March: Barnacles and Springtime

Chesapeake Almanac Podcast Episode and Transcript

Episode 46

Copyright © John Page Williams, Jr. all rights reserved.

This is John Page Williams with another reading from Chesapeake Almanac. This entry is from the month of March and it's entitled "Barnacles and Springtime."

Copepods are not the only animals that an early spring plankton tow will catch. Mixed in with them will be wedge-shaped creatures with six legs each, skulling themselves around. They're barnacle larvae.

Development of the tiny creatures is slow in cold water, and they have some changes to go through, so it'll be a month or more before these early larvae settle on pilings or fallen trees or boat bottoms. Like the copepods, they will build to a peak later in the spring, but there are enough around now to make watching them interesting. It seems strange that these tiny, transparent animals can cause enough trouble to support a worldwide industry of boatyards and sophisticated paint manufacturers, as well as major controversies about toxic substances put into the paint to discourage them.

Everyone has at least one good barnacle story. Invariably these tales involve hands cut by sharp shells or speed- and fuel-robbing crust on boat bottoms. We tend to think of barnacles as rounded, empty shells that scrape like a wood rasp and cling as though held together by Superglue. It takes a sharp eye to watch a live adult in action.

Two hundred years, ago barnacles were considered mollusks, a kin to oysters and clams. But an early microbiologist set up an experiment to watch a few adults spawn. He raised the larvae and was surprised to find that they were actually crustaceans, kin to copepods, shrimp, and crabs. They molted, changed to a second larval form, settled onto a firm base in the tank, and metamorphosed into adults. The experience led him to closer examination of the adults, which of course showed them indeed to be crustaceans.

This group of animals, like their relatives the insects and spiders, have hard outer shells of protein and calcium combined into a substance called chitin, c-h-i-t-i-n, with bodies and legs jointed for movement. In the case of the barnacles, the outer shell, with which we're all too familiar, is made of plates of chitin locked tightly together, with two sliding hatches of shell overhead that are opened and closed by muscles inside. Look at an encrusted piling at low tide. Open, empty shells are dead, but those with closed doors are live ones. When the water returns ,they will open up and the animals will begin to feed.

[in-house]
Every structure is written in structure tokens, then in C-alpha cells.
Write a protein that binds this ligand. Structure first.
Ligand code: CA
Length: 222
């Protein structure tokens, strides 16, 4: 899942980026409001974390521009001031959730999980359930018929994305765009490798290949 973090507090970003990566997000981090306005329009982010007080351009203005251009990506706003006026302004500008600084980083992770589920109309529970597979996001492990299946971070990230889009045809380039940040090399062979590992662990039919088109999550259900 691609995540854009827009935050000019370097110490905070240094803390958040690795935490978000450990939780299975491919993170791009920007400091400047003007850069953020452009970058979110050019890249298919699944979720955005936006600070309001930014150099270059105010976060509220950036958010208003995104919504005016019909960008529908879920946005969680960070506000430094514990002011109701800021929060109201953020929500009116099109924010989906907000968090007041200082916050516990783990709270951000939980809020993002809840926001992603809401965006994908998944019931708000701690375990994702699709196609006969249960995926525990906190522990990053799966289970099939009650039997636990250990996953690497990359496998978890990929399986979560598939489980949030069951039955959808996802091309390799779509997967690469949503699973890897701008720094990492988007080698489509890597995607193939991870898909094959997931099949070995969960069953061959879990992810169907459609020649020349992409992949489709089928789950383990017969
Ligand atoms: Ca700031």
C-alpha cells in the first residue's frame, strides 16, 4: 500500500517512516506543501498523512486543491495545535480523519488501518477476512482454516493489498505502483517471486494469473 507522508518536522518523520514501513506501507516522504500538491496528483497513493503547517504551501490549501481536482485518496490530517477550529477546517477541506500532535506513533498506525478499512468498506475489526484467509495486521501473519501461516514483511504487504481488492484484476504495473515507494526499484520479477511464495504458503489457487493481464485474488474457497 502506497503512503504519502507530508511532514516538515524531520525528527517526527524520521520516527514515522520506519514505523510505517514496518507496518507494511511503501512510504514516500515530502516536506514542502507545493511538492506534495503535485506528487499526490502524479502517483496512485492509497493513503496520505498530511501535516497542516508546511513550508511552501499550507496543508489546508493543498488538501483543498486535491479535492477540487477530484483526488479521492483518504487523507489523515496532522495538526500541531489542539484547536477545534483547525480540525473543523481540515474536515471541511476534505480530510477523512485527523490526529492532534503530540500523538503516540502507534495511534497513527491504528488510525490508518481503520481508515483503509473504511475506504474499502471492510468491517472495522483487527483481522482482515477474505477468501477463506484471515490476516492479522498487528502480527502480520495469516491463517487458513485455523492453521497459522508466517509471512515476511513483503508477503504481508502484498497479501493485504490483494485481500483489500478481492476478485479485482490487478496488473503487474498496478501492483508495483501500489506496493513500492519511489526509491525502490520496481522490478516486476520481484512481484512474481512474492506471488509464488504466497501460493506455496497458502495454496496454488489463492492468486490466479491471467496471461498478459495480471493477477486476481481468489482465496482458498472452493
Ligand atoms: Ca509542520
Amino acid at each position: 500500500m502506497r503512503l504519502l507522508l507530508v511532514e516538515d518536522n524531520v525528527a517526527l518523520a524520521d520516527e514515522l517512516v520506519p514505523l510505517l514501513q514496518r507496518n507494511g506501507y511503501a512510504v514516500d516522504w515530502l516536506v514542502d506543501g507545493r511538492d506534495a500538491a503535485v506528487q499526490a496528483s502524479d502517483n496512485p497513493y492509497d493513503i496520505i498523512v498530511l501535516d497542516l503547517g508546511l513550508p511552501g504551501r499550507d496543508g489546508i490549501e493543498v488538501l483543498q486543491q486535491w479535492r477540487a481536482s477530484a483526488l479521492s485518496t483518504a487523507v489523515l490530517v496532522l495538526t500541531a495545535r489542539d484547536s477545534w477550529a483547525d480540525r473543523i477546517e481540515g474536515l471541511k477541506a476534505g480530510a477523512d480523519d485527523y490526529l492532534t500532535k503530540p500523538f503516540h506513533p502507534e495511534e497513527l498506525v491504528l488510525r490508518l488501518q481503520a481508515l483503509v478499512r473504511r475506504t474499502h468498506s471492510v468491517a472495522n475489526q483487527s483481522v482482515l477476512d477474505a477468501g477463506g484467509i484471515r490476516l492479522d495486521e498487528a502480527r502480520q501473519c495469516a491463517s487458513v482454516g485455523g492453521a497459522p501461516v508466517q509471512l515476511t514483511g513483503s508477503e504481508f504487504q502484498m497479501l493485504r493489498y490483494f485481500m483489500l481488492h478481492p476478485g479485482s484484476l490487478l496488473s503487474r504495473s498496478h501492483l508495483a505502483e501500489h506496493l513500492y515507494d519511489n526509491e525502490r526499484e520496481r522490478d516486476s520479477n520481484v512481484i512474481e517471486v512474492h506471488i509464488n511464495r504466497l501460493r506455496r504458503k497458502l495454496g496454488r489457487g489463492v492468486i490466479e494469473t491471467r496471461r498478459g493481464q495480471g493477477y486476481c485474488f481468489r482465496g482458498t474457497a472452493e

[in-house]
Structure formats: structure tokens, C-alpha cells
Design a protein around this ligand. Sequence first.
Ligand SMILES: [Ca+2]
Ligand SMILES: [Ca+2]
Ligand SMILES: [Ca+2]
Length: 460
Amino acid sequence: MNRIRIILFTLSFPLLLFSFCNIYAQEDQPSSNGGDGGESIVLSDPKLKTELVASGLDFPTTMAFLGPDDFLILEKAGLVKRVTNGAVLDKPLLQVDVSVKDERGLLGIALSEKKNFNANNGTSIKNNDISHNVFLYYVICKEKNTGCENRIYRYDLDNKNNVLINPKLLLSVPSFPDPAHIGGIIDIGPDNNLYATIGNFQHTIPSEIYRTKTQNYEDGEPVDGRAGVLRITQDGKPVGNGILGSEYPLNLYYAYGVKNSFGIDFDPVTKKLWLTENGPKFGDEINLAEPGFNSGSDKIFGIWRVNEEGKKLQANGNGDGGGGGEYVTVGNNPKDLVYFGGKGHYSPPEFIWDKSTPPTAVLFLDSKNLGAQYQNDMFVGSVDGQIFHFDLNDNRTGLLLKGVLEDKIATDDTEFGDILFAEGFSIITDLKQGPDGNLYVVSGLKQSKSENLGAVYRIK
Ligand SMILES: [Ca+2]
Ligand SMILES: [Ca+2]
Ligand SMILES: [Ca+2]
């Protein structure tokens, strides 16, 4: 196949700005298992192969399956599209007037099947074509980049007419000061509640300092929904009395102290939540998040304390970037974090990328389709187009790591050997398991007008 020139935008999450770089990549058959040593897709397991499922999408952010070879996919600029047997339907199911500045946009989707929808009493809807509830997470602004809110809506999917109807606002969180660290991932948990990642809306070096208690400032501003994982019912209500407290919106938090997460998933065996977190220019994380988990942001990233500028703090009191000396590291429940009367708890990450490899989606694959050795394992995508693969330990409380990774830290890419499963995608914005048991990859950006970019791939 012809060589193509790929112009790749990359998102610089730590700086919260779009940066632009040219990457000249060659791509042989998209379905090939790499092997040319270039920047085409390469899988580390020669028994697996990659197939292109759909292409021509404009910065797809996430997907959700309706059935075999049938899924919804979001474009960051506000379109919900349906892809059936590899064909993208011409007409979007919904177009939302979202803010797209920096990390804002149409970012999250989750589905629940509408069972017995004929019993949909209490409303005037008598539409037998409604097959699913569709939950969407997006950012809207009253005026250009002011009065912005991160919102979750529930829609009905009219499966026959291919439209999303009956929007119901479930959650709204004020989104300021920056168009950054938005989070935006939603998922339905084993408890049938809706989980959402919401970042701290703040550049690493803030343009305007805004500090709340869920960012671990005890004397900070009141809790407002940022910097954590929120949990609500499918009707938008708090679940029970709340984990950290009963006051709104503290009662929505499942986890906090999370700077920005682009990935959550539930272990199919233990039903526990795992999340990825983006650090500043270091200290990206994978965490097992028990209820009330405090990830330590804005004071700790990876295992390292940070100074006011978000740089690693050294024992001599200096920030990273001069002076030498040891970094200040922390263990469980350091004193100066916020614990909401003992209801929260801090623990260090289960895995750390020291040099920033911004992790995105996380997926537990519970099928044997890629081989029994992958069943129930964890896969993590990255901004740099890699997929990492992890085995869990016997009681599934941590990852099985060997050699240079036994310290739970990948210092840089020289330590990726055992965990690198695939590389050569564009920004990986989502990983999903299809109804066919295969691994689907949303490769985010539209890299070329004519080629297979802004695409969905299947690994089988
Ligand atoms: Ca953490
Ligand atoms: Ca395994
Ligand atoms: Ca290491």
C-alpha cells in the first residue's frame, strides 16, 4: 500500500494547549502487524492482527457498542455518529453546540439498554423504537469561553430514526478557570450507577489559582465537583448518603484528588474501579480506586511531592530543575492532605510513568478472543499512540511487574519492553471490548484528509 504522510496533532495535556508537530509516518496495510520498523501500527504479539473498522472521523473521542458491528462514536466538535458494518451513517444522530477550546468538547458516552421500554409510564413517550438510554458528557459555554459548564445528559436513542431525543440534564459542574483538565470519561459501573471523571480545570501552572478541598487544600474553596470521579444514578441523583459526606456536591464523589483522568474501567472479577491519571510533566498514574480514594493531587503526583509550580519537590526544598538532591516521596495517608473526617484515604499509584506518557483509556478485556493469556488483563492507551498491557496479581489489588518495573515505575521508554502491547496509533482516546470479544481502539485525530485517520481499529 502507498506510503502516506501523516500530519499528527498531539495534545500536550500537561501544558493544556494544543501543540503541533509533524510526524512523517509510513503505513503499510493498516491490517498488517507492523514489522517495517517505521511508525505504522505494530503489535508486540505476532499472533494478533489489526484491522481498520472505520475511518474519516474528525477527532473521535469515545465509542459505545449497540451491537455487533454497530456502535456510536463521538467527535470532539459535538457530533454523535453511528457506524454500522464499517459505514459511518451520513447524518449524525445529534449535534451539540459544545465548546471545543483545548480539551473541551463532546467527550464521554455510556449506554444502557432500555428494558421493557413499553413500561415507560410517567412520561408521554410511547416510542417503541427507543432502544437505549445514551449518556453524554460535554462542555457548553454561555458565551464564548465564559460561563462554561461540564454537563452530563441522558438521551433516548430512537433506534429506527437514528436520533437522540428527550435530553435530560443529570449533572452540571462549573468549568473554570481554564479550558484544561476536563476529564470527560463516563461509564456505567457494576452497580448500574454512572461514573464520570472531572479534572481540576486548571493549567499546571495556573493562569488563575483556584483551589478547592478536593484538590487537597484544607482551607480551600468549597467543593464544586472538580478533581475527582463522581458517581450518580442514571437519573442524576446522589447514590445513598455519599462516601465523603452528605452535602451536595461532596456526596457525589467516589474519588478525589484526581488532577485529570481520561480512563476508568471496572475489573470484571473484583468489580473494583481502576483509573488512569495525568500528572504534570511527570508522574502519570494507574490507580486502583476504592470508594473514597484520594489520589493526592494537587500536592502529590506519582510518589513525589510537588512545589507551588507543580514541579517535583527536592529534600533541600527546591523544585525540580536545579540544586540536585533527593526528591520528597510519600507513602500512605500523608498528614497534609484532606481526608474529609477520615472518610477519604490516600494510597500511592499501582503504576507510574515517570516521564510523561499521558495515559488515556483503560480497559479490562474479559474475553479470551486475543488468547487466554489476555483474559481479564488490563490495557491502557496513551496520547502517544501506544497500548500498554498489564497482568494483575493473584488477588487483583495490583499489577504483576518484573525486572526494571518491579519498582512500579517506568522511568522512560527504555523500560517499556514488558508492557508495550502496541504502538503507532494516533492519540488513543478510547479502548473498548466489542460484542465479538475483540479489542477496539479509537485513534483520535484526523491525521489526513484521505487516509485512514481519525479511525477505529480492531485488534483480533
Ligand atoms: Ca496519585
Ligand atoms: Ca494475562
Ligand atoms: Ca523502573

There is an old saying, attributed to Thomas Henry Huxley, that a barnacle stands on its head and kicks food into its mouth with its legs. It's a good description, except that the adult barnacle does not have much of a head, and his nervous system is relatively simple compared to that of a mobile creature like a crab.

But the curved, feathery legs are graceful and beautifully coordinated. They sweep out of the shell and back in, picking up zooplankton (probably even including some of the barnacle's own larvae) plus diatoms and other phytoplankton. The legs set up currents that sweep in smaller creatures like bacteria. The easiest way to watch barnacles is to find an encrusted chunk of wood or an oyster shell and put it into a pan or a bucket of water. The barnacles will close up during the transfer, but after a few minutes they will open and begin feeding again. Even now, in March, adult barnacles are feeding, especially on sunny, warm days.

It's all too easy for us boatowners to take a negative view of barnacles. They not only foul a boat's bottom themselves, but they offer good nooks and crannies where other creatures can attach, as well. A community of algae, worms, sponges, amphipods, and other tiny animals builds up around the shells.

On a boat bottom, this creates a royal mess. But consider the value of it growing on a piling. Sometime this summer, lie on your stomach on a dock and watch what is happening around its pilings. Crabs rest on them, but they also feed on the worms, amphipods, and grass shrimp that they catch there. White perch and spot nibble at the same foods, as well as nipping and crushing some of the barnacles themselves. The fish turn and roll, flashing in the dim light as they labor to get a purchase on stubborn shells. Enterprising fishermen know how to work a group of bridge or pier pilings for these panfish, and sometimes for the bigger rockfish, trout, or flounder that they in turn attract. Barnacles are problems on boats, but in other places they're extremely valuable.

For more happenings around the Bay in March see our other Chesapeake Almanac podcasts and read our blog posts "Tiny, Timid, Timberdoodle Dancers," March's Lion Has Lost His Teeth," and "Watching Northern Water Snakes in March."

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